If you thought the Republican tax plan was just about huge tax cuts for the wealthy, think again. It’s also a major attack on science.
To understand why, let’s step back a bit. The scientific enterprise in America heavily relies on grad students. They do mostly invisible work in thousands of labs and research institutions across the US, on everything from basic research about human cells to clinical research on how to cure cancer. Their contributions are essential to running studies.
In exchange for that labor during their training, the federal government gives them a break on their taxes.
Very simply, grad students get their tuition and other school fees waived while they’re teaching or researching. When tax season rolls around, they’re exempted from having to pay taxes on that money (which never hits their pockets).
But under the House version of the tax bill, these waivers would become taxable income. “This means that MIT graduate students would be responsible for paying taxes on an $80,000 annual salary, when we actually earn $33,000 a year,” explained one MIT grad student, Erin Rousseau, in an op-ed in the New York Times. “That’s an increase of our tax burden by at least $10,000 annually.”
This waiver repeal appears in the House bill, not the Senate bill, and Congress is currently reconciling these two versions as part of its effort to form the tax code. But if this change becomes law, make no mistake: It’ll seriously damage the model that keeps America’s scientific labs running, wrote Jeremy Berg, the editor-in-chief of the Science journal, in another new op-ed.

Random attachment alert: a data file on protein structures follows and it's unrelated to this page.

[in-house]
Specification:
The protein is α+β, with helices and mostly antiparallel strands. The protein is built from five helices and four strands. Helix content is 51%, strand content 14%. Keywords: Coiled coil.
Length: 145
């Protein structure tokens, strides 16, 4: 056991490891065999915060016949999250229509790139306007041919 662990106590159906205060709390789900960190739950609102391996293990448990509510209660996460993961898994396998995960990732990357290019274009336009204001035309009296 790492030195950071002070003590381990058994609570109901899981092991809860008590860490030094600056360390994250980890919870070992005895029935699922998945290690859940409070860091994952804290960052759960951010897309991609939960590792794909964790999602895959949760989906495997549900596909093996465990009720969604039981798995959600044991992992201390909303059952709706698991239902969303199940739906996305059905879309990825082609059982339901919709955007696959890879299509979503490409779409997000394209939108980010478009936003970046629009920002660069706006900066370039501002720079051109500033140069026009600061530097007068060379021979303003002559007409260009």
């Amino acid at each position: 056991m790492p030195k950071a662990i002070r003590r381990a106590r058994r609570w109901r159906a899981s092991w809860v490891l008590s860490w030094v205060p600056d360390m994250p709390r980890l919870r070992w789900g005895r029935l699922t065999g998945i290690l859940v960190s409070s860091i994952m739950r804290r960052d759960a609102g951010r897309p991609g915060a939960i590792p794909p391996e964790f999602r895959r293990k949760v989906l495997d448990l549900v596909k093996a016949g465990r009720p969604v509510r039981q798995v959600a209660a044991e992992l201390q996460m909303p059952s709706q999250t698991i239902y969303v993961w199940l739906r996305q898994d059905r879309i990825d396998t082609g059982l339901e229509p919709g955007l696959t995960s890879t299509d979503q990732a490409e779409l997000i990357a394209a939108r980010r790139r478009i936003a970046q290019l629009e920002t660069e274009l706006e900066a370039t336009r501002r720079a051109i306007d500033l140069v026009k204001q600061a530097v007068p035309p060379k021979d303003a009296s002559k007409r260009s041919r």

The House bill would also drop the student loan interest deduction, which helps people who are paying their student loans manage their debt. And provisions in both the House and Senate bills would add an excise tax on income from university endowments.
“Disturbingly, these provisions emerged from a remarkably opaque process with little or no discussion of their policy objectives or analysis of data that would inform these important decisions,” Berg wrote. And they would hamper universities’ abilities to attract and retain the talent needed to run the labs that have made America a global scientific powerhouse.
That’s why groups as diverse as the American Association for the Advancement of Science and Society for Neuroscience are speaking out against the provisions and urging researchers to contact Congress to complain, and why students have been staging walkouts across the country.
“By making advanced education less affordable, it is likely to drive some students away from seeking higher education,” wrote AAAS and 67 scientific and engineering societies in a December 7 letter to members of the tax bill conference committee. Repealing provisions that help graduate students study “means that we will be shutting the door on new opportunities for discovery, exploration and innovation.”
Why are Republicans in Congress targeting grad students?
GOP lawmakers appear to have come up with the various tax cuts that impact grad students as a way to generate revenue to recoup losses from all the corporate tax cuts their plans contain. But if these provisions become law, critics expect they’ll make it harder for US universities to attract American students, and more difficult for all but the wealthiest among us to pursue advanced degrees.
Ted Yoo, a PhD student in chemical engineering at the University of California Irvine department of Chemical Engineering and Materials Science, explained how losing the waiver would dramatically change the contract between grad students and universities.
“To me, grad school was the promise that I would be able to dedicate myself to solving problems in peace. This was historically the idea behind the PhD system in the US, and it’s why we do actual research as part of our schooling,” he said. “Many argue this is exactly why America became such a scientific powerhouse. Repealing tuition remission would tear this up by the roots.”
If the waiver is repealed, he estimates he’ll be on the hook for some $3,000 per year in extra taxes, which would mean he can no longer afford his modest apartment near the university and he’ll have to move back in with his parents, adding a two-hour commute to his day. “The alternative would be to live out of a van, which I am seriously considering,” he said.